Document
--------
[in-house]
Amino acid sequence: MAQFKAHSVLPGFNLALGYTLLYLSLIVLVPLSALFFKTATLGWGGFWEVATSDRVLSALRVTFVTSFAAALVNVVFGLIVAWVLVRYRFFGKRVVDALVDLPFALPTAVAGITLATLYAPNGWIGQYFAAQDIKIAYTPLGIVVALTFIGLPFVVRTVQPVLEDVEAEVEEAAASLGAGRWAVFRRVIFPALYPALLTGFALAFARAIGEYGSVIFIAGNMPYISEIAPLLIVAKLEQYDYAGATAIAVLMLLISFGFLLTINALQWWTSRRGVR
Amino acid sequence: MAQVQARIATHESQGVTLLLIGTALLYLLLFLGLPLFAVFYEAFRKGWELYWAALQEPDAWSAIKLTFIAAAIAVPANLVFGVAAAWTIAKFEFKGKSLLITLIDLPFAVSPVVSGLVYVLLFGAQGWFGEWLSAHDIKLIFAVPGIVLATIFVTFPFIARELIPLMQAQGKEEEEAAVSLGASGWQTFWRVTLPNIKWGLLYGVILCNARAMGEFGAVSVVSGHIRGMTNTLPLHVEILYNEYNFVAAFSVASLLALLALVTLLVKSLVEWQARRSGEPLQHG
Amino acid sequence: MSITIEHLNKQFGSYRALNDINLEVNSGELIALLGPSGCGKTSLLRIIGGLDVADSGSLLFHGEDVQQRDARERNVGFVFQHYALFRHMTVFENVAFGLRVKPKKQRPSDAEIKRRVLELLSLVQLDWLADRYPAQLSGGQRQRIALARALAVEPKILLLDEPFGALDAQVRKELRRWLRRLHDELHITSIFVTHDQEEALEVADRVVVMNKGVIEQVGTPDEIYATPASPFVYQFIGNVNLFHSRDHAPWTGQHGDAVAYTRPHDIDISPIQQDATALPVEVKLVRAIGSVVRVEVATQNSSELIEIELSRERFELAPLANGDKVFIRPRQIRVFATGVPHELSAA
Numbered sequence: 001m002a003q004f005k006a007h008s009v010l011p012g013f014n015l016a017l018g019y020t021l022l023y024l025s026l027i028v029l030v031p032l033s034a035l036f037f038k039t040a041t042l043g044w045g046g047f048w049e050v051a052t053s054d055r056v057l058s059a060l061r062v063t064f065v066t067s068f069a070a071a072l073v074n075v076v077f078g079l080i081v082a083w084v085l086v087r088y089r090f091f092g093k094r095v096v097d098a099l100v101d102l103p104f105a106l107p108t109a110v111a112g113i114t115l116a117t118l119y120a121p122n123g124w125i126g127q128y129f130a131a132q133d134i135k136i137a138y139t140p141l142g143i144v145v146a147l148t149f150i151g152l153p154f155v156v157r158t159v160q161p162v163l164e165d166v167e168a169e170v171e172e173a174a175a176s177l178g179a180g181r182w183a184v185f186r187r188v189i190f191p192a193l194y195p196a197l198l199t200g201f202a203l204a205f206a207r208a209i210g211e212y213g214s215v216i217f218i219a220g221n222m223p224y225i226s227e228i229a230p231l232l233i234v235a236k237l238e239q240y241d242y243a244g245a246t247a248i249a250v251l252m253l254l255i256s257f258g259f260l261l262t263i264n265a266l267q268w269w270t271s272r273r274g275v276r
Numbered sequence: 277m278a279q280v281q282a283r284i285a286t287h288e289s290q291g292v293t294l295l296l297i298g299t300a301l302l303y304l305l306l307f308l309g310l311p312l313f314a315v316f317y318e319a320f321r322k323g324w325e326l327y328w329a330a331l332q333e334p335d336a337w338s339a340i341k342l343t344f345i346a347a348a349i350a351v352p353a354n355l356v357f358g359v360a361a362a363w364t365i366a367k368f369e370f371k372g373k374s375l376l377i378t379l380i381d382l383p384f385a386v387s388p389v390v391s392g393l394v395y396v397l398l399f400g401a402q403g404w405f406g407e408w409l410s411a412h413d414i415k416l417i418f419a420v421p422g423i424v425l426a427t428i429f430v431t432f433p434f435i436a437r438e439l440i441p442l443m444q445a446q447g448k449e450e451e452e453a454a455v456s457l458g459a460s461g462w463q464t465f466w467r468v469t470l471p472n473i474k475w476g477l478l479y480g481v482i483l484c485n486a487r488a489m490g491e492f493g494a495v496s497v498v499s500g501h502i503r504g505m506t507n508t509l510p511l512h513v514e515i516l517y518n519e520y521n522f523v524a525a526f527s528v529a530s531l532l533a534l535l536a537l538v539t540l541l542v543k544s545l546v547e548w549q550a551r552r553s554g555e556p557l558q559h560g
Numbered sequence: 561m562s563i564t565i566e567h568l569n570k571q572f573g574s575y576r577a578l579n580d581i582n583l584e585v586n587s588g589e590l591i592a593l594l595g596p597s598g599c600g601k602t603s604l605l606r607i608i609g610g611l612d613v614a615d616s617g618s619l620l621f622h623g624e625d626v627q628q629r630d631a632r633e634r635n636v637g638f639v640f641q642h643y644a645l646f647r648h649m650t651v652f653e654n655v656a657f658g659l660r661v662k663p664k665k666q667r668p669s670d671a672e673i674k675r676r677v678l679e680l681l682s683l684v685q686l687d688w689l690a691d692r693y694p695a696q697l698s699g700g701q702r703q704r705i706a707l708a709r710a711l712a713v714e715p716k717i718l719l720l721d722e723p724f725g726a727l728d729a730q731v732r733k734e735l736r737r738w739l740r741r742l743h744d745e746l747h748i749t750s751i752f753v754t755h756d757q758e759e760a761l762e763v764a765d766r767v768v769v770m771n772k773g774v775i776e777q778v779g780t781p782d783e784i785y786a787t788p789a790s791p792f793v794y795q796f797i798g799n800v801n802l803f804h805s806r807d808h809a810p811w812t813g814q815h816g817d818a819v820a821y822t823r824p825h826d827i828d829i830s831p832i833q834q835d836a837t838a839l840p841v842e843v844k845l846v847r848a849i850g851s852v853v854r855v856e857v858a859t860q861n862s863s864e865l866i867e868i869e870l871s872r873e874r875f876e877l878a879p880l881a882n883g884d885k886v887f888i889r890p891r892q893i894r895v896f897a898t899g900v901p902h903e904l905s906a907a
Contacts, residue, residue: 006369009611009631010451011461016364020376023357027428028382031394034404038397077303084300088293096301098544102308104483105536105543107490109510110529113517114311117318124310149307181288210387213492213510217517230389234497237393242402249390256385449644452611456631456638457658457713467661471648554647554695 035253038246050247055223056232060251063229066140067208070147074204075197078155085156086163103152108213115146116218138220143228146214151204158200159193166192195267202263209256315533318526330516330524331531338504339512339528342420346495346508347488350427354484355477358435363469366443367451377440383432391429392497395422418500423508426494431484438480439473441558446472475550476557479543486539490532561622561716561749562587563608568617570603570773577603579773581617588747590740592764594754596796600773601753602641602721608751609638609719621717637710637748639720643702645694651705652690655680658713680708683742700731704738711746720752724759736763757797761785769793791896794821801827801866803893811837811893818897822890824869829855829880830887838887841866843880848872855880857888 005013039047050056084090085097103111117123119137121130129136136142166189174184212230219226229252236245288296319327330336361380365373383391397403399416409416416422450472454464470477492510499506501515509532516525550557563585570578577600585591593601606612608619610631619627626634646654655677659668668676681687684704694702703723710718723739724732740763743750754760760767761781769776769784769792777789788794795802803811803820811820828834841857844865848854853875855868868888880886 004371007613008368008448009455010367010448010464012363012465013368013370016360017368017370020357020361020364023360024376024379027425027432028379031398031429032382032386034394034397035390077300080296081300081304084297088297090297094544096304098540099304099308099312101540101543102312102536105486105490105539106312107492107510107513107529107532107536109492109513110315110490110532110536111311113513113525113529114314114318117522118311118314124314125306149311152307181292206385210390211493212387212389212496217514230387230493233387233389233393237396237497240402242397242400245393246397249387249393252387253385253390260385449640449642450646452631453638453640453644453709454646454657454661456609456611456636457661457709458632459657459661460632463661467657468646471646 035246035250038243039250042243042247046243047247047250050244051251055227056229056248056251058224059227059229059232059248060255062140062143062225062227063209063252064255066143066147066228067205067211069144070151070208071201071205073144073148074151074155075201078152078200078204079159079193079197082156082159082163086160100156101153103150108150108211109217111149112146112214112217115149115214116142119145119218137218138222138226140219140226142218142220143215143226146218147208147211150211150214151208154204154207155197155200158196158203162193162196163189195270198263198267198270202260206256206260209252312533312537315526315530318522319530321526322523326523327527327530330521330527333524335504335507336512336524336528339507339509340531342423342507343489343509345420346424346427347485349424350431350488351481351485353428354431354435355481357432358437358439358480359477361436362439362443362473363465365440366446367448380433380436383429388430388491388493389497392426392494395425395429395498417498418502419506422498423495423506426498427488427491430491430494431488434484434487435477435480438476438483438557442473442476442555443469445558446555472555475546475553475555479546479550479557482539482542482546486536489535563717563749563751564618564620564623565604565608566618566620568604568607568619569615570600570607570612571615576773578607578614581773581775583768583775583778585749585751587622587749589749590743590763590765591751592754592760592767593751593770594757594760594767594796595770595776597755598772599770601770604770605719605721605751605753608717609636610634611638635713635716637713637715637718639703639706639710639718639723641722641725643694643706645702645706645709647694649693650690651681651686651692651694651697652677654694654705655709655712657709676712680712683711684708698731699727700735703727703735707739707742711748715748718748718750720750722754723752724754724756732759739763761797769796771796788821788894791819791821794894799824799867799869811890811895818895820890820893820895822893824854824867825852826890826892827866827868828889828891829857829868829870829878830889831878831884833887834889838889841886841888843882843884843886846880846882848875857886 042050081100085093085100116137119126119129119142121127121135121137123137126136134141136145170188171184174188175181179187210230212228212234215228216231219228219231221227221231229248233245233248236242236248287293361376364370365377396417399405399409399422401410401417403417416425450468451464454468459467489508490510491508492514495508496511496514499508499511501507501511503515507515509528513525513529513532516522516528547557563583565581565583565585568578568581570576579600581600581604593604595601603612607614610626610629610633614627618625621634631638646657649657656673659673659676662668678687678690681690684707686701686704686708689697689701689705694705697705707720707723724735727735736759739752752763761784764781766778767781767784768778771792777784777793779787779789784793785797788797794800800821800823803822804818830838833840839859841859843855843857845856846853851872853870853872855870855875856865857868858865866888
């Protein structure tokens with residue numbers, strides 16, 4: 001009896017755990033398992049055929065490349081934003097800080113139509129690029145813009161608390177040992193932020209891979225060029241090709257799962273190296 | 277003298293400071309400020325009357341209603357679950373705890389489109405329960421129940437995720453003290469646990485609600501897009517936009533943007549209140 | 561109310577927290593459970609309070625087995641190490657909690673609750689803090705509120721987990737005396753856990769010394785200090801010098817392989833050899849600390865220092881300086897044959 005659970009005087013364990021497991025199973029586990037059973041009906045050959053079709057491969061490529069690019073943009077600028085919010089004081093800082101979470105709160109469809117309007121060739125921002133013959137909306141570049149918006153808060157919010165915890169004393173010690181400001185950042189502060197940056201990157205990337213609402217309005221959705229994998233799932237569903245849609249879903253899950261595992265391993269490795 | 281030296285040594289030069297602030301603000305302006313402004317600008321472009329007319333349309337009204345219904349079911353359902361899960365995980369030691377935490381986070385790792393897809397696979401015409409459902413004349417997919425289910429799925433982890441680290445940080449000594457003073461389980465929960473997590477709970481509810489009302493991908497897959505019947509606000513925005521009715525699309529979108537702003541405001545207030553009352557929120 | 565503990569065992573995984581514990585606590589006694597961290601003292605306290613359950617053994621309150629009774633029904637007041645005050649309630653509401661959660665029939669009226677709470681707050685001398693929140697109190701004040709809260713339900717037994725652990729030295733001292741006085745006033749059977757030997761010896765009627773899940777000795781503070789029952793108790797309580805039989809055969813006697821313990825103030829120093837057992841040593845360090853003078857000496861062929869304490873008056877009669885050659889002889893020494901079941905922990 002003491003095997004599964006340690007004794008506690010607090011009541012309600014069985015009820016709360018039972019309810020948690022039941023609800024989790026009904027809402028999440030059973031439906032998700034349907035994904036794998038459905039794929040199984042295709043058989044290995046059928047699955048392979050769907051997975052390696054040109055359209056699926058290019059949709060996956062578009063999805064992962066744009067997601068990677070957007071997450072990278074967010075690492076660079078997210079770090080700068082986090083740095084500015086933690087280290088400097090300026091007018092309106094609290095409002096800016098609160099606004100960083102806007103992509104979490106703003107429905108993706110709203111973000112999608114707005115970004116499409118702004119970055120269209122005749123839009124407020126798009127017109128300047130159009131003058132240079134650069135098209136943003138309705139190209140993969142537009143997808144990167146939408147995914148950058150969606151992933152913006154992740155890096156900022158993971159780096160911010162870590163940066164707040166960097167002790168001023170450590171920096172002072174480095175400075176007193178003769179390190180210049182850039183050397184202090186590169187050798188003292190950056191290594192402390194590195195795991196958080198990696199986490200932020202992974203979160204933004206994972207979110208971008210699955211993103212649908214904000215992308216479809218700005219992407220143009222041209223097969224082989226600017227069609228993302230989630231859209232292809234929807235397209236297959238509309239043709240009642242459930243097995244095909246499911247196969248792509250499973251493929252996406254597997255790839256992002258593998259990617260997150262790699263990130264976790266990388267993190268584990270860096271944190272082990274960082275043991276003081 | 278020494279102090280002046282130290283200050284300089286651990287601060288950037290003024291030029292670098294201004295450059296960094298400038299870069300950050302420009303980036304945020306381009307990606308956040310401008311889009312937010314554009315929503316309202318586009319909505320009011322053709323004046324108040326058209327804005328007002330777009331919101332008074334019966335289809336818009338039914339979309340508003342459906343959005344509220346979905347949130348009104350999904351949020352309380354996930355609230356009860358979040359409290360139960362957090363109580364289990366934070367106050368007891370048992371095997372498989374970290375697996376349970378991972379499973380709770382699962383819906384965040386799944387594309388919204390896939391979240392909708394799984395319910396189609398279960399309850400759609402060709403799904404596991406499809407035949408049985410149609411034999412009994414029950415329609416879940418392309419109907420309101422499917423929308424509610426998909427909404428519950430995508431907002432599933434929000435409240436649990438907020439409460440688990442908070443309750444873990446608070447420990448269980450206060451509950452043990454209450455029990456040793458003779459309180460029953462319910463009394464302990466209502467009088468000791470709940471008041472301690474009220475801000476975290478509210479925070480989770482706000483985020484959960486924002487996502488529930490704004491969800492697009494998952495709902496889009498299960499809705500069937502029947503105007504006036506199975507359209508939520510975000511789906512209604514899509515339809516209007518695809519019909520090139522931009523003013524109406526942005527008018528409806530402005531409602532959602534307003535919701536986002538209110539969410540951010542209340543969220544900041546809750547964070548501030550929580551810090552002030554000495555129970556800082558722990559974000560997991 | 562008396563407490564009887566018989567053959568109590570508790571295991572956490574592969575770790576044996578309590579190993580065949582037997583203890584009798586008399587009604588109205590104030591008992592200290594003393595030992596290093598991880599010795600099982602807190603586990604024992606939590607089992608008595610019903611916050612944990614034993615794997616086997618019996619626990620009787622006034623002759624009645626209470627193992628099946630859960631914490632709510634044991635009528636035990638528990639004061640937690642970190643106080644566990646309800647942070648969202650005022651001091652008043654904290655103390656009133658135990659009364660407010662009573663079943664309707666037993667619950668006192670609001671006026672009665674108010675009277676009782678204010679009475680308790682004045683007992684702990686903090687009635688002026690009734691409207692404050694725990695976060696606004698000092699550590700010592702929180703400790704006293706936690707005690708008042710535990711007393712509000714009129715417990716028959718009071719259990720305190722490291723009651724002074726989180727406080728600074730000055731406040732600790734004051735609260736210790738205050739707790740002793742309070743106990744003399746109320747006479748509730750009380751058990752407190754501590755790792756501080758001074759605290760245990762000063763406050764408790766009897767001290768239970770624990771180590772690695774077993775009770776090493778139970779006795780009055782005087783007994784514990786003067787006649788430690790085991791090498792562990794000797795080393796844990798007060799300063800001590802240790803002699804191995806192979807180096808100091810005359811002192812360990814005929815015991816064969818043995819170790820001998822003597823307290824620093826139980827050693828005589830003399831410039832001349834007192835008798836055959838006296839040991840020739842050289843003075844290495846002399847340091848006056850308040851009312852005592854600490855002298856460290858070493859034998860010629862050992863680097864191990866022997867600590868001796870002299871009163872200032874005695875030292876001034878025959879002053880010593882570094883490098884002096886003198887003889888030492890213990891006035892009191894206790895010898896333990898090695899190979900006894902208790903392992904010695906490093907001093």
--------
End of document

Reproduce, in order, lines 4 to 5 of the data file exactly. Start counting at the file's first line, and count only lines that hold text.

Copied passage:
Amino acid sequence: MSITIEHLNKQFGSYRALNDINLEVNSGELIALLGPSGCGKTSLLRIIGGLDVADSGSLLFHGEDVQQRDARERNVGFVFQHYALFRHMTVFENVAFGLRVKPKKQRPSDAEIKRRVLELLSLVQLDWLADRYPAQLSGGQRQRIALARALAVEPKILLLDEPFGALDAQVRKELRRWLRRLHDELHITSIFVTHDQEEALEVADRVVVMNKGVIEQVGTPDEIYATPASPFVYQFIGNVNLFHSRDHAPWTGQHGDAVAYTRPHDIDISPIQQDATALPVEVKLVRAIGSVVRVEVATQNSSELIEIELSRERFELAPLANGDKVFIRPRQIRVFATGVPHELSAA
Numbered sequence: 001m002a003q004f005k006a007h008s009v010l011p012g013f014n015l016a017l018g019y020t021l022l023y024l025s026l027i028v029l030v031p032l033s034a035l036f037f038k039t040a041t042l043g044w045g046g047f048w049e050v051a052t053s054d055r056v057l058s059a060l061r062v063t064f065v066t067s068f069a070a071a072l073v074n075v076v077f078g079l080i081v082a083w084v085l086v087r088y089r090f091f092g093k094r095v096v097d098a099l100v101d102l103p104f105a106l107p108t109a110v111a112g113i114t115l116a117t118l119y120a121p122n123g124w125i126g127q128y129f130a131a132q133d134i135k136i137a138y139t140p141l142g143i144v145v146a147l148t149f150i151g152l153p154f155v156v157r158t159v160q161p162v163l164e165d166v167e168a169e170v171e172e173a174a175a176s177l178g179a180g181r182w183a184v185f186r187r188v189i190f191p192a193l194y195p196a197l198l199t200g201f202a203l204a205f206a207r208a209i210g211e212y213g214s215v216i217f218i219a220g221n222m223p224y225i226s227e228i229a230p231l232l233i234v235a236k237l238e239q240y241d242y243a244g245a246t247a248i249a250v251l252m253l254l255i256s257f258g259f260l261l262t263i264n265a266l267q268w269w270t271s272r273r274g275v276r